I’m a Crossfitter (if you don’t know what that means, Google can help); like most Crossfitters, I do my workouts at a box. And I happen to think my box, Crossfit South Brooklyn, is the raddest, baddest, box on the planet. Reason #53 for why they are so good is that on the home blog, our coaches (the raddest, baddest coaches..you see where this is going?) frequently post links that make me think a bit more about food, fitness, and sometimes the state of the planet.
Recently, we were presented with two links, each containing articles on the need to ‘scale back’ ego when confronted with the Rx for a workout i.e., the prescribed weight/reps scheme (Do x reps with y weight, for instance). The reasons for such self-effacement in the face of the specifications of a workout are very good, of course: know your limits, don’t injure yourself, get a good workout at a weight or distance or reps scheme that works for you and gets you the intended training effect and so on.
But it seems to me that this sort of reassurance is not going to be very effective when we take a look at the language involved in this affair.
RxD, remember, means “as prescribed.” That is, this is a prescription. This is not a suggestion (no matter how many times we are told by Crossfit coaches that this is “just a suggestion”). This is what we are prescribed. And when we do not do what is prescribed, we fail to abide by it. A prescription carries a normative weight with it: do this, this way. It doesn’t say: do this in some way you’d like. It is hard not to think that in not following the Rx, that one has, in some way or the other, fallen short. And that is precisely why in the context of Crossfit, to do a workout RxD turns into an aspirational ideal; the day you do it is the day you did the “real workout”, the “workout as it was meant to be”; it is not just the day you got to follow someone’s “mere suggestion.”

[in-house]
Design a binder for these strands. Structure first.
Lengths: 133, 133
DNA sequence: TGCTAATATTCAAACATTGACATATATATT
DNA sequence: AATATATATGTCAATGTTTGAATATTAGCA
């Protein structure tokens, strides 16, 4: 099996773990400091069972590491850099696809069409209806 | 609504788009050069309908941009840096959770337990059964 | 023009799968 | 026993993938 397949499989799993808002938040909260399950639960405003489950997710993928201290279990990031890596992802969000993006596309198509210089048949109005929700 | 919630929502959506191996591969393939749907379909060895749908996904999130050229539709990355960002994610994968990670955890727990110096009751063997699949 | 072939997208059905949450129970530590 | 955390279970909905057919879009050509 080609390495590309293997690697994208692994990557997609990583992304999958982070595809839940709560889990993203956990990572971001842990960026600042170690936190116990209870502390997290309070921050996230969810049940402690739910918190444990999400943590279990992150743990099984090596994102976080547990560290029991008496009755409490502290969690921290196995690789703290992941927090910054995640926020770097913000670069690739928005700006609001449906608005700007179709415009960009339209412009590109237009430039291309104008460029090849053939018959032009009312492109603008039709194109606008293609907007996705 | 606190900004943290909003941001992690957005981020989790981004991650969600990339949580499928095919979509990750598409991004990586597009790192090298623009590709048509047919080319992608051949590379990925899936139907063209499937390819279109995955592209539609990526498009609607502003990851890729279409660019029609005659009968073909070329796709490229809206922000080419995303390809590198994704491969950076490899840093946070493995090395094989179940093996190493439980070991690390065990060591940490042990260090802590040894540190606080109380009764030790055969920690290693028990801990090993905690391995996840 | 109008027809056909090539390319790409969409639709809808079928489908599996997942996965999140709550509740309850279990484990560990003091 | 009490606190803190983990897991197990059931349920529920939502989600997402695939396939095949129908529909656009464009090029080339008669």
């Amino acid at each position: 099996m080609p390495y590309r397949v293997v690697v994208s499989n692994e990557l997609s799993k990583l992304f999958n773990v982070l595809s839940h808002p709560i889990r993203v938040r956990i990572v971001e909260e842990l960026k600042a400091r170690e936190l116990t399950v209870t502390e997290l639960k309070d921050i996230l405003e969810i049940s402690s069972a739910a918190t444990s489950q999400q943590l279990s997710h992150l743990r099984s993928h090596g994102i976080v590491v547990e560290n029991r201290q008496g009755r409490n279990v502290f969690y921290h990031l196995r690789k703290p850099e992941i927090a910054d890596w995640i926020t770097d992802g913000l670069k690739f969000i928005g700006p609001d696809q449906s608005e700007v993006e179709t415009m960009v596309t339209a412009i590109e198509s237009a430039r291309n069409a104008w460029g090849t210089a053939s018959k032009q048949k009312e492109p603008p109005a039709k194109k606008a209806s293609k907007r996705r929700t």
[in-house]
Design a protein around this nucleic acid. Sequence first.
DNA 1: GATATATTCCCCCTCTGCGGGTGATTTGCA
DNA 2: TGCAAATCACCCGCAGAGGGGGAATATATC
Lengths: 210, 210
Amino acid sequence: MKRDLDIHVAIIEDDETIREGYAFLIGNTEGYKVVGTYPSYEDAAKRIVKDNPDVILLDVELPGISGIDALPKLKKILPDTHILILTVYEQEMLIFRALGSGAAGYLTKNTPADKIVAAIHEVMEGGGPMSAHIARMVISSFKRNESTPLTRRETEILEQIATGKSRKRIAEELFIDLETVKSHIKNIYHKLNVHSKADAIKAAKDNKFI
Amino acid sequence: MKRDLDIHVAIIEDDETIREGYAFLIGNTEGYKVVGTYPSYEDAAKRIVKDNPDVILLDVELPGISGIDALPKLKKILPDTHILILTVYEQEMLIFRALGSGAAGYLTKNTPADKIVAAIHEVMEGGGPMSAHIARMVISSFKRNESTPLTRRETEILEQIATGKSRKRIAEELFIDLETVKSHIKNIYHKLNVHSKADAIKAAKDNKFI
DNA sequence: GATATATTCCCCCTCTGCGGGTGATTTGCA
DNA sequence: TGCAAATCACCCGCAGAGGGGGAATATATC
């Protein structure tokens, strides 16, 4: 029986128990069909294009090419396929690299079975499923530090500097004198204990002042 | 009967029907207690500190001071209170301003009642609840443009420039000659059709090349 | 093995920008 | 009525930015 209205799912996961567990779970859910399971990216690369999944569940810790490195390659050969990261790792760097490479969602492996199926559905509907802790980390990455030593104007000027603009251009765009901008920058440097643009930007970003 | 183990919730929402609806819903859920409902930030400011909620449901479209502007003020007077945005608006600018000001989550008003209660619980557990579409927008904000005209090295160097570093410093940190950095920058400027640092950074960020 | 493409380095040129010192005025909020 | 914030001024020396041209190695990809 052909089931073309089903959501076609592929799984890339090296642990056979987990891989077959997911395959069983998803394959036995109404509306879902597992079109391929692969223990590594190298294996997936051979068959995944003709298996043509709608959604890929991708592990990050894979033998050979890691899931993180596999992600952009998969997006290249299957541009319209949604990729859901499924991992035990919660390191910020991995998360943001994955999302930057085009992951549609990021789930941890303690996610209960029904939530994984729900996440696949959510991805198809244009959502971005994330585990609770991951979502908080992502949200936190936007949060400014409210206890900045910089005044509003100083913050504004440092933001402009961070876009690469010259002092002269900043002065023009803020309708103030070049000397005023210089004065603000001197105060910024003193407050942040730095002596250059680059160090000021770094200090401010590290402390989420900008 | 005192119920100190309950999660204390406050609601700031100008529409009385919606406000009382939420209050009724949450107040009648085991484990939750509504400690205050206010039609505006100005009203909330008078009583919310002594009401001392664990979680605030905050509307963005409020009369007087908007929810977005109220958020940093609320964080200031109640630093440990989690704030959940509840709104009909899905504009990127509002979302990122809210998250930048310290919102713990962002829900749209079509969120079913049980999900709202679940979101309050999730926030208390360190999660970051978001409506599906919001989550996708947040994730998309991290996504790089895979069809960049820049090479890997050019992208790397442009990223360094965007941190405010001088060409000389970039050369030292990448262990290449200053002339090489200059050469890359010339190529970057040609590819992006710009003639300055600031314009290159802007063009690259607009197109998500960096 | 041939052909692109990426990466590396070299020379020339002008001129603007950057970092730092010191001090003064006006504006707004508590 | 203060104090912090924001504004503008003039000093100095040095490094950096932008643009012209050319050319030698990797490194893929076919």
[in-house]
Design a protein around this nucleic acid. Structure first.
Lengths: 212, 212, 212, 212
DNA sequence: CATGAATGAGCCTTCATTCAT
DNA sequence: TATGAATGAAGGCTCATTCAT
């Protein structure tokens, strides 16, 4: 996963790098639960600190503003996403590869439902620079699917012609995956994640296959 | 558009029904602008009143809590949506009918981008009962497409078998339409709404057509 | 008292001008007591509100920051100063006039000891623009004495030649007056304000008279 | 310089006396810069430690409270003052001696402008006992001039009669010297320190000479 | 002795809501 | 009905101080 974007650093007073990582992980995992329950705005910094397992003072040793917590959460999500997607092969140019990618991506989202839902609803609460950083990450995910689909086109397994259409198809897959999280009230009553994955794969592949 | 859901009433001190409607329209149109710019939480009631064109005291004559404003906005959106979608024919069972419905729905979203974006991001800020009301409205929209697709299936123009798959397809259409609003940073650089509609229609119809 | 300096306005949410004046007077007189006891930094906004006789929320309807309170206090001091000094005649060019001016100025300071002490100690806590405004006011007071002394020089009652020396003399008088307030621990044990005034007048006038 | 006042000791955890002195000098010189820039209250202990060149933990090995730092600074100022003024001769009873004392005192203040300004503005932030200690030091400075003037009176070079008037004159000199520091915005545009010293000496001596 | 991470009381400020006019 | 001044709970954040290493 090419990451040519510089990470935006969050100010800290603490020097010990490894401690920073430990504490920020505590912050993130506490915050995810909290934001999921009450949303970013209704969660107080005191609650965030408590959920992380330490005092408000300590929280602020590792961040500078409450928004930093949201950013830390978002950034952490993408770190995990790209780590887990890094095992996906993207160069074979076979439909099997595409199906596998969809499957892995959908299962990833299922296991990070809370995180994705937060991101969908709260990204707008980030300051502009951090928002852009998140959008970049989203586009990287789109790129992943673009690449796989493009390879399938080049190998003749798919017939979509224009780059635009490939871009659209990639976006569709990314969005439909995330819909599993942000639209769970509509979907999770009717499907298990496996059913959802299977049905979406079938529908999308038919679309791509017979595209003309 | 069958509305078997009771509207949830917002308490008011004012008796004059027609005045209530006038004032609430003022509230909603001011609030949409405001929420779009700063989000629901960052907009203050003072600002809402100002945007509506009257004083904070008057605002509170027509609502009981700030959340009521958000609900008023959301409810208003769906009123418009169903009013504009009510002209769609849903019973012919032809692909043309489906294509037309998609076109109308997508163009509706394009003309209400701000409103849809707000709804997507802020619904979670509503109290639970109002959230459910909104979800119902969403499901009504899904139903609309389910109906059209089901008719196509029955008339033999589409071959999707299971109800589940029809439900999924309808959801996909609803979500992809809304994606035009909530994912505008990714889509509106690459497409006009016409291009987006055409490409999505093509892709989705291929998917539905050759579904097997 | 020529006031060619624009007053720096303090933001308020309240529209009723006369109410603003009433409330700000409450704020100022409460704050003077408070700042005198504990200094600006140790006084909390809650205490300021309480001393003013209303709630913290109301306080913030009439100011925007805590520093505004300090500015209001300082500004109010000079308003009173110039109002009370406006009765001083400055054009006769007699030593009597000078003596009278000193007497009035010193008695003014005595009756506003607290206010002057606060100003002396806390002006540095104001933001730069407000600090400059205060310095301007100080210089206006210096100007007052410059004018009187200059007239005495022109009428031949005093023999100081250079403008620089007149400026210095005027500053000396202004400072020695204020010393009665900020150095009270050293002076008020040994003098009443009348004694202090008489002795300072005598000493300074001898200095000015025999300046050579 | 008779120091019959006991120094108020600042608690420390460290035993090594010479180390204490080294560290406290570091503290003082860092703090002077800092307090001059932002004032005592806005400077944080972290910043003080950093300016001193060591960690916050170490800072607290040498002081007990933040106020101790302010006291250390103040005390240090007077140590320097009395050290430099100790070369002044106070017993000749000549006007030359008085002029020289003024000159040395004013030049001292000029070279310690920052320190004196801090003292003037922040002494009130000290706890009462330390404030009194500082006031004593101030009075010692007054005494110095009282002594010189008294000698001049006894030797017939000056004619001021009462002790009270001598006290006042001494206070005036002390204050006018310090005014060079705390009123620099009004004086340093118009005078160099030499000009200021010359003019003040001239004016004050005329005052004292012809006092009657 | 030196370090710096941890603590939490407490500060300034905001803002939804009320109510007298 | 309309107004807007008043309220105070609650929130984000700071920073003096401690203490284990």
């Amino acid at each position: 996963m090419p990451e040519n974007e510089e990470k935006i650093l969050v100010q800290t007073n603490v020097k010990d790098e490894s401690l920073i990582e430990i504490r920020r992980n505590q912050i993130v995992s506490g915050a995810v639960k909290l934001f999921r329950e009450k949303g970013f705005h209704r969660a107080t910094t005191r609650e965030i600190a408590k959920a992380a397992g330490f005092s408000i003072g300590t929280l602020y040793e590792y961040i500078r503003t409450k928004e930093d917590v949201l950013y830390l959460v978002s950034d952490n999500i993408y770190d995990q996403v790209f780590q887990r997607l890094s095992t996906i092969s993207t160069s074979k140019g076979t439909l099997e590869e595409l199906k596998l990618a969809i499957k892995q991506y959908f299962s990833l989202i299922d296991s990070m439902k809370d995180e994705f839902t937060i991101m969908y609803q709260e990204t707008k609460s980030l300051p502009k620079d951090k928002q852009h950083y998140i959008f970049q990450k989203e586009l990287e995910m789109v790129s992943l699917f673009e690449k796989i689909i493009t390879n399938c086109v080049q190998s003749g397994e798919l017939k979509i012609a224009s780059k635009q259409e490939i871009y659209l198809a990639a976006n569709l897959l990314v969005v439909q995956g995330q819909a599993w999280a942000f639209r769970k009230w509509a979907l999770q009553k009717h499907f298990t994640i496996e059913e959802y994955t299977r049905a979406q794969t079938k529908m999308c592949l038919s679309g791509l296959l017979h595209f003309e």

Crossfitters’ responses to RxD weights and rep schemes reflect their understanding of this notion of prescription. That is why people ask at their box “Who did this RxD?” And that is why people respond, in an admiring tone of voice, “X was the only one who did that WOD RxD“.
When we do not follow a recommendation or suggestion, we are easily and plausibly viewed as exerting a very good choice; when we do not follow a prescription, we can still have very good reasons for doing so (as in when I do not follow certain social or religious prescriptions) but my actions take on a different hue.
So, I think if the Crossfit ‘community’, such as it is, wants to get people to chill out about the Rx for WODs, it might be worth thinking about using language that discards some of the normativity of the Rx, and moves to something that captures a bit more of the intended “do the right thing for yourself within this framework (that of the WOD at hand)” flavor.